Western Journalists in Iraq Beaten, Starved ... by Americans
Essam Al-Ghalib, Arab News War Correspondent
KUWAIT CITY, 3 April 2003 — Two Western journalists have arrived safely back in Kuwait City after being arrested, beaten up and deprived of food and water in Iraq — by members of the US Army’s military police.
Arab News has learned that Luis Castro and Victor Silva, both reporters working for RTP Portuguese television, were held for four days, had their equipment, vehicle and video tapes confiscated, and were then escorted out of Iraq by the 101st Airborne Division.
Despite possessing the proper “Unilateral Journalist” accreditation issued by the Coalition Forces Central Command, both journalists were detained.
Their ordeal at the hands of the Americans is in stark contrast to that received by Newsday journalists in Baghdad, who yesterday in Jordan described as “humane” their treatment at the hands of their Iraqi interrogators despite suffering various indignities. “I have covered 10 wars in the past six years — in Angola, Afghanistan, Zaire, and East Timor. I have been arrested three times in Africa, but have never been subjected to such treatment or been physically beaten before,” Castro said in an exclusive interview with Arab News.
“The Americans call themselves liberators and freedom fighters, but look what they have done to us,” he added.
Castro and Silva entered Iraq 10 days ago. They had been to Umm Qasr and Basra and were traveling to Najaf when they were stopped by the military police.
According to Castro, their accredited identification was checked and they were given the all clear to proceed.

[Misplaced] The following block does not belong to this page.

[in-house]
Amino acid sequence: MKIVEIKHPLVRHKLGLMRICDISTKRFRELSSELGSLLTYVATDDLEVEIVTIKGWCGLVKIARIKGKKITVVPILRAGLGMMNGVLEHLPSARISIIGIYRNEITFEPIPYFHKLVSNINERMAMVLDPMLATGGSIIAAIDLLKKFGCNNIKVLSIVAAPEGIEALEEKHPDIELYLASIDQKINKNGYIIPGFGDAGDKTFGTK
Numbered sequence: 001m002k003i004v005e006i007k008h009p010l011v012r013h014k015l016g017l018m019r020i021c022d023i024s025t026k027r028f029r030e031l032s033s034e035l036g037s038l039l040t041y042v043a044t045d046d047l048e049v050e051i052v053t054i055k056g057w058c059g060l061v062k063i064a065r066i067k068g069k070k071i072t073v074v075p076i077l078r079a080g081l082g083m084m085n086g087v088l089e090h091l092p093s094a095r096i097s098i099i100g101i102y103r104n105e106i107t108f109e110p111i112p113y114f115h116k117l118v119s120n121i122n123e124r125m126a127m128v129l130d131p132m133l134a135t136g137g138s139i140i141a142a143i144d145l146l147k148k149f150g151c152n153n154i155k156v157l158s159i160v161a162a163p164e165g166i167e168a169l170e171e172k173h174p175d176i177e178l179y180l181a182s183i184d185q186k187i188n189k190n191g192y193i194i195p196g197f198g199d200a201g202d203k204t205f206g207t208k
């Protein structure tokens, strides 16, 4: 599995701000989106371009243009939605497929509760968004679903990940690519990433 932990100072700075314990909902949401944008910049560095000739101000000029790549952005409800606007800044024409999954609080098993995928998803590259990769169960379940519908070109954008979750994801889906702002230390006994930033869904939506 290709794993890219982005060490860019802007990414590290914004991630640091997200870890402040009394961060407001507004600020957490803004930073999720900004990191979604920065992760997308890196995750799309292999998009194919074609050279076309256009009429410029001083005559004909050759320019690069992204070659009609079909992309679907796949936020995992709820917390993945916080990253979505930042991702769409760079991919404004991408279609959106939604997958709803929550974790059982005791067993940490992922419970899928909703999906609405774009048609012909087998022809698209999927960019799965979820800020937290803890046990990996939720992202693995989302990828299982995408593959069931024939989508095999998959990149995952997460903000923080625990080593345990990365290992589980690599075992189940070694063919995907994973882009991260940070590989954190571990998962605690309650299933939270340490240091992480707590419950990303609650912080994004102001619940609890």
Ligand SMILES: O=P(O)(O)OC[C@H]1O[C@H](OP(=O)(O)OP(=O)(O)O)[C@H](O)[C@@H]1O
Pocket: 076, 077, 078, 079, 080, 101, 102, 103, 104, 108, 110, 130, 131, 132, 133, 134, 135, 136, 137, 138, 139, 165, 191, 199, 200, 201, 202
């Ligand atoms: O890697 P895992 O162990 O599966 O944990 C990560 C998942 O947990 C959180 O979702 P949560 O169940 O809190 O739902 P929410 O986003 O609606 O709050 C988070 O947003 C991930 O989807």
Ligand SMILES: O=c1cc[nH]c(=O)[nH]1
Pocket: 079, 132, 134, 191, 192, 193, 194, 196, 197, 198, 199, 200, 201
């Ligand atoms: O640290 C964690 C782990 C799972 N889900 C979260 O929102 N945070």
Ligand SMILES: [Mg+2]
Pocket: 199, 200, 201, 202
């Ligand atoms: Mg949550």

“Suddenly, for no reason, the situation changed,” Castro told Arab News. “We were ordered down on the ground by the soldiers. They stepped on our hands and backs and handcuffed us.
“We were put in our own car. The soldiers used our satellite phones to call their families at home. I begged them to allow me to use my own phone to call my family, but they refused. When I protested, they pushed me to the ground and kicked me in the ribs and legs.”
“I believe the reason we were detained was because we are not embedded with the US forces,” he continued. “Embedded journalists are always escorted by military minders. What they write is controlled and, through them, the military feeds its own version of the facts to the world. When independent journalists such as us come around, we pose a threat because they cannot control what we write.”
After being held for four days, they were transported to the 101st Airborne Division to be escorted out of Iraq.
Castro told Arab News: “A lieutenant in charge of the military police told me, ‘My men are like dogs, they are trained only to attack, please try to understand’.”
The journalists were then transported by truck to Camp Udairi to await a helicopter transfer out of Iraq. At Camp Udairi, they told their stories to members of the US Marines.
One soldier, who Castro asked not be identified, wrote out a note, which was shown to Arab News. The note said: “I am so sorry that you had to endure such bad conditions, but remember that I care and pray you can forgive.”
“The Americans in Iraq are totally crazy and are afraid of everything that moves. I would have expected this to happen to us at the hands of the Iraqis, but not at the hands of the Americans. This is typical of the American attitude, as related to us by British forces. The attitude is ‘shoot first and ask questions later’”, Castro added.
Castro, a veteran journalist, has had all his tapes and equipment returned to him, but not his jeep.
When asked by Arab News what he intends to do next, he replied: “Return to Iraq as soon as possible to tell the truth to the world about what is happening there.”
Last updated 03/04/2003